Ending Same-Sex Relationships in NJ?
According to a recent article in the Independent, a new study by the British government reveals some startling findings about divorce rates between gay and lesbian couples in the U.K.
Since civil unions became legal there in 2007, nearly twice as many lesbians have sought divorce as gay men. Moreover, the number of same-sex civil unions that ended last year is up 20% over the year prior.
There are probably reasons for these trends that have nothing to do with gender preference, though some of them may have to do with gender. The article notes that, in general, women tend to commit to relationships sooner, and are more prone to marry than men. Also, women generally tend to marry younger, and the likelihood of any marriage’s survival decreases in proportion to the youth of the couple. There is also data indicating that women are more likely to initiate a divorce than men. In many ways, the trends in gay and lesbian marriage are merely reflecting broader trends in the population at large.
There are all sorts of indicators that you’re more likely to divorce, many of which have nothing to do with either gender or gender preference. For instance, you’re more likely to divorce if you: come from a low socio-economic background; marry at age 25 or younger; have parents that are divorced; are a non-smoker while your partner is a smoker; have already been married before; lived together before you were married; or knew each other less than two years before your marriage.
The oft-stated assertion that half of all marriages end in divorce is a myth, probably based on the fact that there are half as many divorces as there are marriages in any given year. Recent studies indicate that somewhere between 12% to 34% of all marriages have ended in divorce (that’s a pretty broad range, but the actual figures are surprisingly difficult to pin down). If you compare the rates of divorce among gays and lesbians (3.2 % and 6.1% respectively) with that of the rest of the population, same-sex couples so far have a much better marriage success rate.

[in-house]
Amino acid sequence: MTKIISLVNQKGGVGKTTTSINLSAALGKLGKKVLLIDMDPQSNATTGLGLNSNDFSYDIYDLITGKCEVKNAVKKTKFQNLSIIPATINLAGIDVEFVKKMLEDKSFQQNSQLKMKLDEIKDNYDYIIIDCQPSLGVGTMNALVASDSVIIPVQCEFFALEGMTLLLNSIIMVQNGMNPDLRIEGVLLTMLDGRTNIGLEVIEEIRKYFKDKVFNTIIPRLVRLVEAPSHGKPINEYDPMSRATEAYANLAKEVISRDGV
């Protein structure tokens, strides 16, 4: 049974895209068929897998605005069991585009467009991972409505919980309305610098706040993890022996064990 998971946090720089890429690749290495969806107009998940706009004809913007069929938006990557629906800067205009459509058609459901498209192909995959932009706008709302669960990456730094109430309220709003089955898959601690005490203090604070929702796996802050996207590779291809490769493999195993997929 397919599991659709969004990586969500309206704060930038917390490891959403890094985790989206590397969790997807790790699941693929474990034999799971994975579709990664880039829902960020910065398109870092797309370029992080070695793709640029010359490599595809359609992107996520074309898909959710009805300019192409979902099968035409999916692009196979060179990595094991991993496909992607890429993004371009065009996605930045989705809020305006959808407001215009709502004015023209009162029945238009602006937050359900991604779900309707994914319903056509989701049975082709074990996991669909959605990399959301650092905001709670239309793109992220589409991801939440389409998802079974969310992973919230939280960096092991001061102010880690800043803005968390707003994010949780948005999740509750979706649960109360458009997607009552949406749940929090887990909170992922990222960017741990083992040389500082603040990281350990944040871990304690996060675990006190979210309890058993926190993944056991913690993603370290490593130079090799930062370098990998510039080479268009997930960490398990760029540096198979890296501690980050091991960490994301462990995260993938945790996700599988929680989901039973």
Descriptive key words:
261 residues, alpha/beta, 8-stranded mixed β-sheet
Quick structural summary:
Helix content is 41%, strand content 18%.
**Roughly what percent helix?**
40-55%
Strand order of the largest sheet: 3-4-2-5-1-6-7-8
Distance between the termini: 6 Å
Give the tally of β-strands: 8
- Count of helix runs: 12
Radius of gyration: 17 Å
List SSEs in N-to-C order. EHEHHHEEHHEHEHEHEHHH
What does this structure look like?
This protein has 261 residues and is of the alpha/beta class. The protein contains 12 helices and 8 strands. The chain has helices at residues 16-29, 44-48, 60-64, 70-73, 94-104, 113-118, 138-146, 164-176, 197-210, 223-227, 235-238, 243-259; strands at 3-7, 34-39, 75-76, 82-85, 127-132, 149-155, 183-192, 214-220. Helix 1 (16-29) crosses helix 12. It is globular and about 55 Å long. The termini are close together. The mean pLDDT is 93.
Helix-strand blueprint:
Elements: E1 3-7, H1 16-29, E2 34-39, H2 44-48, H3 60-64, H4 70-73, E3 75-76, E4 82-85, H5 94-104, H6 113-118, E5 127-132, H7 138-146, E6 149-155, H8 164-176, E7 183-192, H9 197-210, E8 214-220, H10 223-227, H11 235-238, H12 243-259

Give them time. The simple fact is that, as same-sex unions become more common, so too will same-sex divorces. That doesn’t indicate a reversal of a social trend, nor is it a sign that civil unions are inherently less stable than traditional marriages.
The announcement that the first openly gay Episcopal Bishop is seeking divorce from his partner of 25 years brought a lot of attention to the issue recently. This is of course because Bishop Robinson is a public figure of some prominence whom many might consider pivotal in the struggle to achieve public recognition and support for same-sex unions. It is always shocking when someone who may be seen as a role model embodying a greater social movement has to step down from that role. That he is also a man of the cloth only serves to make the case more sensational.
But the broader truth is that human compatibility is far more complex than just gender preferences. So too, are the legal complications that arise at the end of any legally acknowledged relationship.
In 2004, the state of New Jersey granted same-sex couples domestic partnership rights that were similar to those that married couples enjoy, but did not include joint property ownership or debt responsibility. In 2007 Civil Unions were created after the New Jersey Supreme court decision Lewis v. Harris which conferred upon couples similar rights enjoyed by married couples in the state. The major difference is that the state cannot confer any federal rights pertaining to marriage to those in civil unions. In 2013, with the New Jersey Supreme Court Decision Garden State Equality v. Dow, New Jersey granted same sex marriage the same as marriage for opposite sex couples.
If you are a partner in a same-sex couple contemplating divorce or the termination of a civil union or domestic partnership in New Jersey, you should definitely seek out legal assistance and advice, as there may be legal issues specific to your case that may have significant bearing on the outcome of your divorce. As advocates and friends to gay New Jerseyans, the Law Offices of Lynda L. Hinkle is ready and able to help you navigate this difficult process.
For a free consultation call us at (856) 227-7888, or contact us at firstname.lastname@example.org.We have locations in Camden, Burlington, and Gloucester counties, and are happy to discuss your legal options.